Clairemont’s Long Forgotten Little League Ballfields
The Clairemont Times • April 2017 • 9
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Useful Websites Worth Browsing Stay up to date or at least be informed about some of the changes happening around the neighborhoods. www.clairemontplan.org www.keepsandiegomoving.com/Midcoast www.sandag.org/midcoast www.balboastationplan.org www.deanzarevitalizationplan.com www.rewildmissionbay.org
32nd Annual Linda Vista Multi-Cultural Fair & Parade April 22nd from 10-5 6900 Linda Vista Rd (Between Comstock & Ulric) FUN, FAMILY FRIENDLY & FREE For more information visit www.LindaVistaFair.org & Facebook LindaVistaFair
See answers in next month issue.
The Clairemont Times • April 2017 • 11
San Diego Fire Stations - 2017 Citygate Report City cries budget shortfall but continues to green light non-optimal projects
The February 2017 Citygate report was just issued, 84% of calls are medical and 2.39% are for fires.The reports analysis is limited and does not show; FRS 56 in West UC, ambulance times and the effects on patient outcomes by not building the Governor to I-5 connector or the Regents Road Bridge. The old 2010 Citygate report used radii to determine both the UCSD and 50 fire stations proposed locations. By contrast the new 2017 report uses travel times and distances to determine the location of firehouses. San Diego has many canyons and radii models are a flawed method to determine fire station placement in urban areas interrupted by canyons. For example a house may be a quarter of a mile across a canyon using radii, but a 3 mile drive from a fire station. Based on the old radii report fire station 50 is located at Nobel and Shoreline. 50’s isolated location with a canyon to the south and airport to the east provides little bang for the buck. The new 2017 report came to the March 8th PSLN City Council sub-committee as an information item. The question now is; are we going to use it or fast track station 50 based on the old 2010 radii report? The attached illustration includes both of the proposed fires stations for our area; UCSD and 50.The city goal is
UTC or 27 in Clairemont (illustration below center).You do not need graphics to illustrate that 50 in its current location will not serve UC very well; you only need to have lived in UC. The optimal location for 50 to support both Clairemont and UTC would be in the vicinity of Governor Drive & Genesee Avenue (illustration below right). Why is 50 not near Governor & Genesee? Well UTC has a substantial FBA budget so it has the 12 million dollars to build fire station 50, UCSD also has the money to build their new fire station; Clairemont and University City do not have the budget. Although the 12 million to build each new station will come from UCSD & UTC the 2.2 million a year operating cost, for each station, comes out of the general city budget which both Clairemont and University City help pay for.That 2.2 million a year adds up to 220 million dollars a century, bringing the total century cost for each station to 232 million dollars.The phrase “City of San Diego” had become a misnomer when it comes to placing emergency assets. What we currently have are Economic Fiefdoms who have the money to build a station that serves them well but not those outside of their community who are also paying for operation. If 50 remains at Nobel and Shoreline then UTC will soon have 3 fire stations. As a consequence during the evening rush, when emergency calls are the greatest, the bulk of our emergency assets will have to fight rush hour traffic to get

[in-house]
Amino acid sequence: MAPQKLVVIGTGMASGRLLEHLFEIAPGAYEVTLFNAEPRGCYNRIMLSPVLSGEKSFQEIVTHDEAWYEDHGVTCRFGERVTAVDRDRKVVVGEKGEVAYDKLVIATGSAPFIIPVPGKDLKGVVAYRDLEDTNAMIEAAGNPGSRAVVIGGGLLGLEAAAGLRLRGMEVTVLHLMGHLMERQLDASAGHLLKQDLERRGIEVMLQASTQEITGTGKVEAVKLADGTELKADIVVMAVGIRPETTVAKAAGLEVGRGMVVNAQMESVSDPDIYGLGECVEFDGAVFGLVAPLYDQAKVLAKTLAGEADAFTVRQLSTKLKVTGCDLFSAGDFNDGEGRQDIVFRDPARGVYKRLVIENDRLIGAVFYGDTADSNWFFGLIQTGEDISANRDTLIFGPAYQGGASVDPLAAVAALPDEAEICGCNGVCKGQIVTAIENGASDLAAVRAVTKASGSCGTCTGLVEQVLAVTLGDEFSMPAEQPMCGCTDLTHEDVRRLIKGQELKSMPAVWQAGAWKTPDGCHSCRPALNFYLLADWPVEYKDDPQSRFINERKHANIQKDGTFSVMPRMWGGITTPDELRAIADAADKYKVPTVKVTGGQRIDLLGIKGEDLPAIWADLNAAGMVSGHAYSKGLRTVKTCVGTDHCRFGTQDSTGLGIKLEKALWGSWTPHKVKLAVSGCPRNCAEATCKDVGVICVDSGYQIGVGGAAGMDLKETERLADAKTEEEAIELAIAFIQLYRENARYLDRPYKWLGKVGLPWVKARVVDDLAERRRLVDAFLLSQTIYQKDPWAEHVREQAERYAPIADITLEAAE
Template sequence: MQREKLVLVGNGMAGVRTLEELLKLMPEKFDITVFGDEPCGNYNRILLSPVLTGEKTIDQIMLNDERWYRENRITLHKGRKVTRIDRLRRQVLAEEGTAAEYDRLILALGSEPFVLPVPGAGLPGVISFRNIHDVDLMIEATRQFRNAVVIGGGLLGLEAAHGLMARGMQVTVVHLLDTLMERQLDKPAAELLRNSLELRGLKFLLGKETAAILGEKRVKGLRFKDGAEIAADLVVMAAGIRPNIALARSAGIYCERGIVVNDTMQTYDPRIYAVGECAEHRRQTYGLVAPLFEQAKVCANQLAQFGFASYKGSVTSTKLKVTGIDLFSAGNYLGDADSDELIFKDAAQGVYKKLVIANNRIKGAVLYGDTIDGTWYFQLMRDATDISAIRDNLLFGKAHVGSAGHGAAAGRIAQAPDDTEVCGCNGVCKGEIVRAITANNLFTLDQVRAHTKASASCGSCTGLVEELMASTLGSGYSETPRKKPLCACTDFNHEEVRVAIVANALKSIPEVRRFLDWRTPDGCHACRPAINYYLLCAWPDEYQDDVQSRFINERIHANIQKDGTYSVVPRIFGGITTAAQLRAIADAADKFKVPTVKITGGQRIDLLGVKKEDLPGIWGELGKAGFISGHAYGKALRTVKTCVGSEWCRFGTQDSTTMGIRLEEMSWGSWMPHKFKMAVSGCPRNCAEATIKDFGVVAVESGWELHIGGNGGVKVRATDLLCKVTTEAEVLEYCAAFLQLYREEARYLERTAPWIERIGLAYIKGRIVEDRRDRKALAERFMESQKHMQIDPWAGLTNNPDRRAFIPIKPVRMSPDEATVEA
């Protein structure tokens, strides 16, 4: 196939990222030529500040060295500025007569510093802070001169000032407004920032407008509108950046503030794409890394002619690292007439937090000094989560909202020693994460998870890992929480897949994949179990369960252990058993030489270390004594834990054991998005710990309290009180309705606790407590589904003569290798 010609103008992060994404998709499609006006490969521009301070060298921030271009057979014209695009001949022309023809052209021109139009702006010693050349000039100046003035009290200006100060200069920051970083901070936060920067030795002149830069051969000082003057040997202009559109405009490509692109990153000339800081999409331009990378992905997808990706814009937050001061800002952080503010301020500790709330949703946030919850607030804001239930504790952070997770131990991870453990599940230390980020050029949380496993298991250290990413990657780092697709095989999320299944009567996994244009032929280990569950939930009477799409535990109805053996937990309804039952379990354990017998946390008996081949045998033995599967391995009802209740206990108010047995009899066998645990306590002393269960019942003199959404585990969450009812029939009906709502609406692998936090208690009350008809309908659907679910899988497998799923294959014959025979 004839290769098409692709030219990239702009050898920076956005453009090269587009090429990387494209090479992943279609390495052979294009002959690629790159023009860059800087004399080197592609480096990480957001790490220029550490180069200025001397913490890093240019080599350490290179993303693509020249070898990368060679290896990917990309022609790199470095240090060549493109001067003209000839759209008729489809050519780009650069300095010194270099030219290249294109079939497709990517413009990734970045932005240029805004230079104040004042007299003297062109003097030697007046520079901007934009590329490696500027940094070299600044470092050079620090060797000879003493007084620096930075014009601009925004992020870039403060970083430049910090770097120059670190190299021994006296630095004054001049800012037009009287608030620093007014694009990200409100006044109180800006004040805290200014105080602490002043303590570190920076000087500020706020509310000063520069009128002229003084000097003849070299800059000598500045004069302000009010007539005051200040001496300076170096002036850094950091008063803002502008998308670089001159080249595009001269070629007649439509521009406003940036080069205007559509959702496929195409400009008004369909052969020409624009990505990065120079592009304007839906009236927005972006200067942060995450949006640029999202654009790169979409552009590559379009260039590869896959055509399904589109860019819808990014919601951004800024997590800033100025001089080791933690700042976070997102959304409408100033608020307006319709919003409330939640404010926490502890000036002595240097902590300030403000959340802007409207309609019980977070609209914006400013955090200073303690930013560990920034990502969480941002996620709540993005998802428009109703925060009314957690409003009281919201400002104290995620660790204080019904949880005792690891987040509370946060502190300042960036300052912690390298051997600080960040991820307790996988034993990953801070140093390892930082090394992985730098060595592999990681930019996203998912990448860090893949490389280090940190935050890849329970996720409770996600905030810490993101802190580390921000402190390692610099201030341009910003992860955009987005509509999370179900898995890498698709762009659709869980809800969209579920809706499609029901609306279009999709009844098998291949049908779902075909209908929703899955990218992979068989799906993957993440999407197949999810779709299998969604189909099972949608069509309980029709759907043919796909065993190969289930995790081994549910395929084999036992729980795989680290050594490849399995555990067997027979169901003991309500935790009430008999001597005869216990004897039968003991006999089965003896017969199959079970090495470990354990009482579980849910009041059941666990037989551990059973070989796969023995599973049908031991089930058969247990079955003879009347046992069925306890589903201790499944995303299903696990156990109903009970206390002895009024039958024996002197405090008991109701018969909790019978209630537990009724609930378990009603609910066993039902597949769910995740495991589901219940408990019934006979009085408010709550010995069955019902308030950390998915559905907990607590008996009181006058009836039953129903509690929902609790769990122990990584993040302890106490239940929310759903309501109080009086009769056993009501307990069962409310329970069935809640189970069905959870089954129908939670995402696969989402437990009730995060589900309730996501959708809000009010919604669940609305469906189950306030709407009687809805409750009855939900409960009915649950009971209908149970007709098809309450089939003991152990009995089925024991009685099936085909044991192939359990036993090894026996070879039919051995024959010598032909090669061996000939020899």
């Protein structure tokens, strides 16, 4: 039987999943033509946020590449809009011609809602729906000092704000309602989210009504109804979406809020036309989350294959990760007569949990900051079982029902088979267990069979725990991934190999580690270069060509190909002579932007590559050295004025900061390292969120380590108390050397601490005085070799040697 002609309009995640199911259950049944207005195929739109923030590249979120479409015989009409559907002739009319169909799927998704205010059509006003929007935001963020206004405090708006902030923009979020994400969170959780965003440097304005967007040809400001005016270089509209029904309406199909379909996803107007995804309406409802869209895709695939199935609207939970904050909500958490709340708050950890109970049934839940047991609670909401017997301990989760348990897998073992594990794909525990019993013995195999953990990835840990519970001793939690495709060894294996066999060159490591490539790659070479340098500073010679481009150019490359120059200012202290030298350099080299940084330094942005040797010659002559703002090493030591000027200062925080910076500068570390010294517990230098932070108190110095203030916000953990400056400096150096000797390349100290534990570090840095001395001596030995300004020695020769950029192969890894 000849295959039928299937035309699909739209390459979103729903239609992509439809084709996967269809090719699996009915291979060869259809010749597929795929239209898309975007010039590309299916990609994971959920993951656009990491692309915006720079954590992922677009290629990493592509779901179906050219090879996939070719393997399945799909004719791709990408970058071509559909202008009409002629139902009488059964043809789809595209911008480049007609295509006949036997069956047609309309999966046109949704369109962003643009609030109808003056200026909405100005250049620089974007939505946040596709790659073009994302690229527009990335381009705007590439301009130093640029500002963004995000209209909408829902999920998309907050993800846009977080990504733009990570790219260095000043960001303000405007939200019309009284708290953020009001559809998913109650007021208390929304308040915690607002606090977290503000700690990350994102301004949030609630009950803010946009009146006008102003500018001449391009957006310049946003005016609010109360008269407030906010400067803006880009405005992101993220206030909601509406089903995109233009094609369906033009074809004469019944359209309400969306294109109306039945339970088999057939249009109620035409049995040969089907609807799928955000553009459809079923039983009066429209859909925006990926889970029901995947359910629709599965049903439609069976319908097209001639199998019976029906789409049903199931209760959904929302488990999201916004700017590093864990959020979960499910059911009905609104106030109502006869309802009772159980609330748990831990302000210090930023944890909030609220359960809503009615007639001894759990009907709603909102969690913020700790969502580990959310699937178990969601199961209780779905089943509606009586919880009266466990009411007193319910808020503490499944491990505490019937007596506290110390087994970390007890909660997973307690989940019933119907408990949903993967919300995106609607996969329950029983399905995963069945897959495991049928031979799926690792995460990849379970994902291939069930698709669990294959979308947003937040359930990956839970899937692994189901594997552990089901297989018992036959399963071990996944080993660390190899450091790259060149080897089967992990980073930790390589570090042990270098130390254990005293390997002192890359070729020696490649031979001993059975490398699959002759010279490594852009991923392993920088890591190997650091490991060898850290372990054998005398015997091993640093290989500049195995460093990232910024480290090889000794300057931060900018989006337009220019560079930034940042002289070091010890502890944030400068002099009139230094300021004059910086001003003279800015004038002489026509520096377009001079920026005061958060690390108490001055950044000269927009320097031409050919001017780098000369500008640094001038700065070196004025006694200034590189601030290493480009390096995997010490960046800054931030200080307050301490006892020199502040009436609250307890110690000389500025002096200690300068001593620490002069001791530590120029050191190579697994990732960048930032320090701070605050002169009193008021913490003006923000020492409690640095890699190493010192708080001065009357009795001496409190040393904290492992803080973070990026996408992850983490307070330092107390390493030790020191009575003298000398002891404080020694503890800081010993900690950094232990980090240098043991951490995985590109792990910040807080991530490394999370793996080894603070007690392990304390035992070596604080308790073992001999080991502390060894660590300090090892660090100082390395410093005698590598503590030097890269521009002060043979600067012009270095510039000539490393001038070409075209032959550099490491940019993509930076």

fire station in the vicinity of Governor and Genesee? Fire stations cost 232 million a century to build and operate. If the city is serious about their budget
to have a first responder at a house 7 ½ minutes after a 911 call is made. Currently 50 is located 1 ½ miles from 35 so there is considerable overlap. 50’s proposed location fails to reach University City in 7 ½ minutes during evening rush hour which is also the peak time for emergency calls (below left illustration). During non-rush hour 50 is barely better than either; 35 in
south from UTC. Every consultant, citizen and politician recognizes that north south traffic is the problem, so why are we deploying so many assets in UTC along an east west line? Building 50 at Nobel and Shoreline is a mistake. However if it is built Citygate is still recommending another new fire station in UC. Why not just build one
why not build one optimally placed station instead of two? See lower right illustration. For additional detail go to: One Fire Station or Two, 2016 Ballot Looms, March 2016 Clairemont Times, Page 9. I believe the fissure that has existed over the Regents Road Bridge is a factor in placing 50 at Nobel and Shoreline, since this forces the new UC fire
Commentary by Louis Rodolico
station, not to be central, but to be in west UC, like the current FRS 56.This is all part of a private Grande Bargain about 8 years ago.The current placement of fire stations came out of unpublished sub-committee meetings between UCPG and, I assume, Citygate and the Fire Department. UCPG does not publish their sub-committee meetings which is a Brown Act violation.The Regents Road Bridge controversy has resulted in banning anyone form East UC from being on the UCPG board and has placed the FRS in West UC, not central to best serve the community. In my opinion this underrepresentation of East UC exasperates the problem.To help resolve it, West, Central and East UC should be separate UCPG areas. UCPG announced, at their last meeting, that they do not like to publish too much detail because it just confuses people. I hope this writing has helped to remove some of that confusion. The city is crying budget shortfall, but is the city willing to take an overall look at spending? Louis Rodolico has been a resident of University City since 2001 website: louisrodolico.com